On May 1st, we visited Glenarn Garden in Rhu. Our previous visit was in 2021, two years before and almost to the day.
The garden occupies a hillside site and offers a range of environments which seem to favour, amongst other genera, Acers and Rhododendrons. If you take the West Highland Line north from Glasgow Queen Street, you’ll see Rhododendron ponticum everywhere so it looks that this damp, sheltered and mossy land should be a good place to grow species from mountain foothills. The big stars of this garden are the Rhododendrons, many of which are hybrids raised in the garden by previous owners. There are some huge plants but these major specimens were resting in 2023 after a bounteous display in the previous season. We bumped into Mrs Thornley who somehow manages to maintain this enormous project; she was holding a stem of large blooms from a scarlet-flowered species, gathered in reconnaissance for the local Rhododendron show, and told us that we were visiting in a quiet year. No matter – there was still much to see. The collection clearly blooms over an extended period with some species over and others in bud at the time of our visit.
I have no Rhododendron expertise at all. I could find you a Rhododendron luteum with my eyes shut – the fragrance is intoxicating – but I’m struggling after that. I think this one is the Himalayan species R. barbatum.
I can read tags though – these are R. Avalanche and R. Brocade Plus, both real performers.
In the absence of identifications, this post looks a bit like a plant catalogue without the useful text pages but I hope you can enjoy the opulence and range of form and colour offered by these plants.
Scots featured prominently amongst the Victorian plant hunters and the estates of Argyll and Bute benefited from their searches. The Ardkinglass Woodland Garden near Cairndow boasts some champion trees (and Red Squirrels). The late Beatrice Colin set her final novel The Glass House on a local estate; the pursuit of the elusive Snow Tree (a Rhododendron, surely?) is woven through the narrative.
A set piece garden like Glenarn can offer quiet corners in which a different aesthetic prevails. The Erythroniums and Triliums (I’m very fond of both) are still a formal planting but mark a transition into a more modest range of colours and forms.
And then there are the serendipities where the gardener might be intending to clear some self-sets (but hasn’t got there yet) or has decided to let a wild thing prosper, or where a heavy dew or a shower has transformed a leaf into a bejewelled spectacle. I’ve seen a leaf like this before – I think it might be Meconopsis betonicifolia, a big favourite.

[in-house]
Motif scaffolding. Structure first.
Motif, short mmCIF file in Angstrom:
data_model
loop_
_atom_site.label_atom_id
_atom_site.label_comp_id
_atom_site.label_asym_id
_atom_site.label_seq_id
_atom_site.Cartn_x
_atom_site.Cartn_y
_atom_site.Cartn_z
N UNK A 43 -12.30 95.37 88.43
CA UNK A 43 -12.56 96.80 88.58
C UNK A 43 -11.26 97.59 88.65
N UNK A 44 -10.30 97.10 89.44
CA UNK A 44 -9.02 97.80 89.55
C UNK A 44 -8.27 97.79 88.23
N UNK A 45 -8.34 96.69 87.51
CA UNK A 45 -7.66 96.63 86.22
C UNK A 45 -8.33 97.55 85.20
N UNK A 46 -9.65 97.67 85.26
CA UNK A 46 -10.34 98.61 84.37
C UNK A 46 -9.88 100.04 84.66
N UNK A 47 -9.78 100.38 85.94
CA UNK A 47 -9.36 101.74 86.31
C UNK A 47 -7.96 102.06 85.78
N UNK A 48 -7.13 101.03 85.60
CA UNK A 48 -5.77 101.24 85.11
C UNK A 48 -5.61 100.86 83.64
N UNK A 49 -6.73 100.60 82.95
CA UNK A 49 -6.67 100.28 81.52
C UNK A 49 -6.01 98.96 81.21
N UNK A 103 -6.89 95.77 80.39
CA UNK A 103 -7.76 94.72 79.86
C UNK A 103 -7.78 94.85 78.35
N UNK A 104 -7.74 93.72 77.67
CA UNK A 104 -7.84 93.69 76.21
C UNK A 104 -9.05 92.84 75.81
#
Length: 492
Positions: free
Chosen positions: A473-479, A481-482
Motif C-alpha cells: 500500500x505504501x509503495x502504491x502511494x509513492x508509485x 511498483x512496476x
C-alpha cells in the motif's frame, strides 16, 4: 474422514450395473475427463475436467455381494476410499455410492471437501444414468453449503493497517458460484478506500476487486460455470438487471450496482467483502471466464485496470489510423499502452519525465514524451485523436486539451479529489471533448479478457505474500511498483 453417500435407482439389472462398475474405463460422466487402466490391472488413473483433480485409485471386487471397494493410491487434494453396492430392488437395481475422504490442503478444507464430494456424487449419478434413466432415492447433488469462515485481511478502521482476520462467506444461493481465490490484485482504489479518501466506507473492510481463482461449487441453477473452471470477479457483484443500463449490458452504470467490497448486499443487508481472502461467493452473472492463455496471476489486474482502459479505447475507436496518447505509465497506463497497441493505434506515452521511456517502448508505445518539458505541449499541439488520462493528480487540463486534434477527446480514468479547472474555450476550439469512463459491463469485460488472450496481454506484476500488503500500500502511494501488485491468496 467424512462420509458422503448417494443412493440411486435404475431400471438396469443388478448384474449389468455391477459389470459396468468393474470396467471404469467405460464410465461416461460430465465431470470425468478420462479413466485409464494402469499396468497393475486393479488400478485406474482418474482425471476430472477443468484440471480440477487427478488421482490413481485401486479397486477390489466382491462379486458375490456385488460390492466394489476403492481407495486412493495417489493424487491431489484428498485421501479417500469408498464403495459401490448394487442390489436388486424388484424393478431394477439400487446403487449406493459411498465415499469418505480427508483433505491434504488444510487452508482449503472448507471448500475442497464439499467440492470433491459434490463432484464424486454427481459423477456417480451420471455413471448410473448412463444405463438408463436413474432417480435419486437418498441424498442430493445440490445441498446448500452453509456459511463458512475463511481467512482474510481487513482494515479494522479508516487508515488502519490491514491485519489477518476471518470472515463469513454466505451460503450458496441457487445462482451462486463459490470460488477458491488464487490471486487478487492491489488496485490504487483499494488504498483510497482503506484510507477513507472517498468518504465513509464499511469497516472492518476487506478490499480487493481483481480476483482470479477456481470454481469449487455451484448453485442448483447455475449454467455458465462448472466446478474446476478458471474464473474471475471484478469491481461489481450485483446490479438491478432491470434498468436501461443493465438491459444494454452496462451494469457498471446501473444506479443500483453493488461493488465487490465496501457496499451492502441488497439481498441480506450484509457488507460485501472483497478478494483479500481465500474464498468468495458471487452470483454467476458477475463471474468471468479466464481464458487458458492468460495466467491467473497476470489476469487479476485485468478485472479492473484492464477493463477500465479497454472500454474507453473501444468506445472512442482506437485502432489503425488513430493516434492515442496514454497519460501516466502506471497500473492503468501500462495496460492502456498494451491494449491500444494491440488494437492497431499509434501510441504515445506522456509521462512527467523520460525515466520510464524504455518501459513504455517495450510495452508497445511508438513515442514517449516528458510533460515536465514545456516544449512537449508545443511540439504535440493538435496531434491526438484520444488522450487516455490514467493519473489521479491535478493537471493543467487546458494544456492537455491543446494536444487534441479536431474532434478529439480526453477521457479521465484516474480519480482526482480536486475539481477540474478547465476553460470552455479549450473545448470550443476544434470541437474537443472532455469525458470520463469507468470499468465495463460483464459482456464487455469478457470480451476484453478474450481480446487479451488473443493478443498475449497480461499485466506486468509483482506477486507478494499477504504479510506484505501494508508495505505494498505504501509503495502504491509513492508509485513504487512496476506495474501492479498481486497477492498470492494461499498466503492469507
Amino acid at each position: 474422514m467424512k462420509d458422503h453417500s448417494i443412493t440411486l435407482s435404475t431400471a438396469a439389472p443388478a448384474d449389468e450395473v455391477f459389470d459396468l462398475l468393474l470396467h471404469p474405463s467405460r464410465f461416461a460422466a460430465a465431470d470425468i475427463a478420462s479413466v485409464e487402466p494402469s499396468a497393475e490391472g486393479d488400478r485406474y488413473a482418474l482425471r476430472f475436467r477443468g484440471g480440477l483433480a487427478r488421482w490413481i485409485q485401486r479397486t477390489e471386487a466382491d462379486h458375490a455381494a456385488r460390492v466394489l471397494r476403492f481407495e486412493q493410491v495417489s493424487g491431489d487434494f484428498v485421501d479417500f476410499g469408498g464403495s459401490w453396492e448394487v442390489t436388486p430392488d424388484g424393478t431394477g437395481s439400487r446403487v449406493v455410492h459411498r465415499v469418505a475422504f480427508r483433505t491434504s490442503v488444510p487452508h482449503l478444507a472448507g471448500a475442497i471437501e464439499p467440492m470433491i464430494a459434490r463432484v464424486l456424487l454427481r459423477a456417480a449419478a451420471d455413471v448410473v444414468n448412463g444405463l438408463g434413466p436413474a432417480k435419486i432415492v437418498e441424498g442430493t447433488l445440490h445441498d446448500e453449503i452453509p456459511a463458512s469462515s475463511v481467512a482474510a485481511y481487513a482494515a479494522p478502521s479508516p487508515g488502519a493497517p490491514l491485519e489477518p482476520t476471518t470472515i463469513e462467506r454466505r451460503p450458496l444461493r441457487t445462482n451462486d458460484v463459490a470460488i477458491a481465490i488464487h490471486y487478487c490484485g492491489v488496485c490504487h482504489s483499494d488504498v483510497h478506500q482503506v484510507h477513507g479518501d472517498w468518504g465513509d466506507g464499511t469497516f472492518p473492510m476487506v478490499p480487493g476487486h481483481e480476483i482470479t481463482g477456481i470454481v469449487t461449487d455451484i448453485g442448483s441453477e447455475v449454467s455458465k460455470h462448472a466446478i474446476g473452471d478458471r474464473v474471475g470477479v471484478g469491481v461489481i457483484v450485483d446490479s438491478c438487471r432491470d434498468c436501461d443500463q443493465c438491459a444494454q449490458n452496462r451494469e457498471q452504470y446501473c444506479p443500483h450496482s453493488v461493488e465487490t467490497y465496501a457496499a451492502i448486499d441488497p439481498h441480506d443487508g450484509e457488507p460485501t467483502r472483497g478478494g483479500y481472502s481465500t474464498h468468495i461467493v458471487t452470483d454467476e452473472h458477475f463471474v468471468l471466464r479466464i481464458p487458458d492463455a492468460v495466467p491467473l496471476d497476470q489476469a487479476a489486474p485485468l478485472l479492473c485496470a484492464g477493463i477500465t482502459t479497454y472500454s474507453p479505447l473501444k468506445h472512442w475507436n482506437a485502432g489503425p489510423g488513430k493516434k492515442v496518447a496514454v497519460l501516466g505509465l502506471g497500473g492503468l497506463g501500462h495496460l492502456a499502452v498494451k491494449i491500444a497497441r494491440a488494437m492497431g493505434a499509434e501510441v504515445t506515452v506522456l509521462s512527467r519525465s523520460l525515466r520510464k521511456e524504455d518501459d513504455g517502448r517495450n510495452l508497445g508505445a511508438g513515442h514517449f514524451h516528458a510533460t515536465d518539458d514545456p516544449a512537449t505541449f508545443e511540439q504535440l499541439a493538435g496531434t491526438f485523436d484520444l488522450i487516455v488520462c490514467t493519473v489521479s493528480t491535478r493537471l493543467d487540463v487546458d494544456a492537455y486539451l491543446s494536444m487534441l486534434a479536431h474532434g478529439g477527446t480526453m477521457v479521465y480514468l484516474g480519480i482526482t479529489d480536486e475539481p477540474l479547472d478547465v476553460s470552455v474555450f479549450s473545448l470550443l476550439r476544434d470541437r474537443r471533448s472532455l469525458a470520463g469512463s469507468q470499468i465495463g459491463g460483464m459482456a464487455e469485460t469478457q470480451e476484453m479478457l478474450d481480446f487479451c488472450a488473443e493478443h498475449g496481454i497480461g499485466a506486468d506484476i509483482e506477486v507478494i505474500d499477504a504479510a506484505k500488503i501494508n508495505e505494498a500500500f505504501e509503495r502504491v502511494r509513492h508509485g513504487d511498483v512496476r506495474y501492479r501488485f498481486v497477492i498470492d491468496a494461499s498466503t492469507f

I like this “interplanting” of Alchemilla mollis and (an unknown) Primula – I’m told that the former plant “is valued for the appearance of its leaves in wet weather. Water beads on the leaves due to their dewetting (the process of retraction of a fluid from a non-wettable surface it was forced to cover) properties. These beads of water were considered by alchemists to be the purest form of water. They used this water in their quest to turn base metal into gold, hence the name Alchemilla. The Latin specific epithet mollis means “soft”, referring to the hairs on the leaves.” Imagine being the alchemist’s lab assistant and collecting those beads of water by the litre.
Nearby, I found this perfect hart’s-tongue fern reaching slowly for the light.
Glenarn has some excellent trees. I really enjoyed this Whitebeam starting to open its leaves, and the early Acer foliage.
I do have a name for this Acer – pensylvanicum, what a beauty.
We’ve seen few visitors on either of our visits and the main sounds have been of birdsong. I made this short recording while Faye fired up the Cornell Merlin Bird ID app. We’ve a Robin and a Blackcap according to the app and then, rather surprisingly, a Peregrine falcon (which did the decent thing and flew over our heads to put the matter beyond any doubt).
Glenarn Garden is a very special place – next year may be one for the really big Rhododendrons following their rest. I wish Mr and Mrs Thornley many more happy years of cultivation.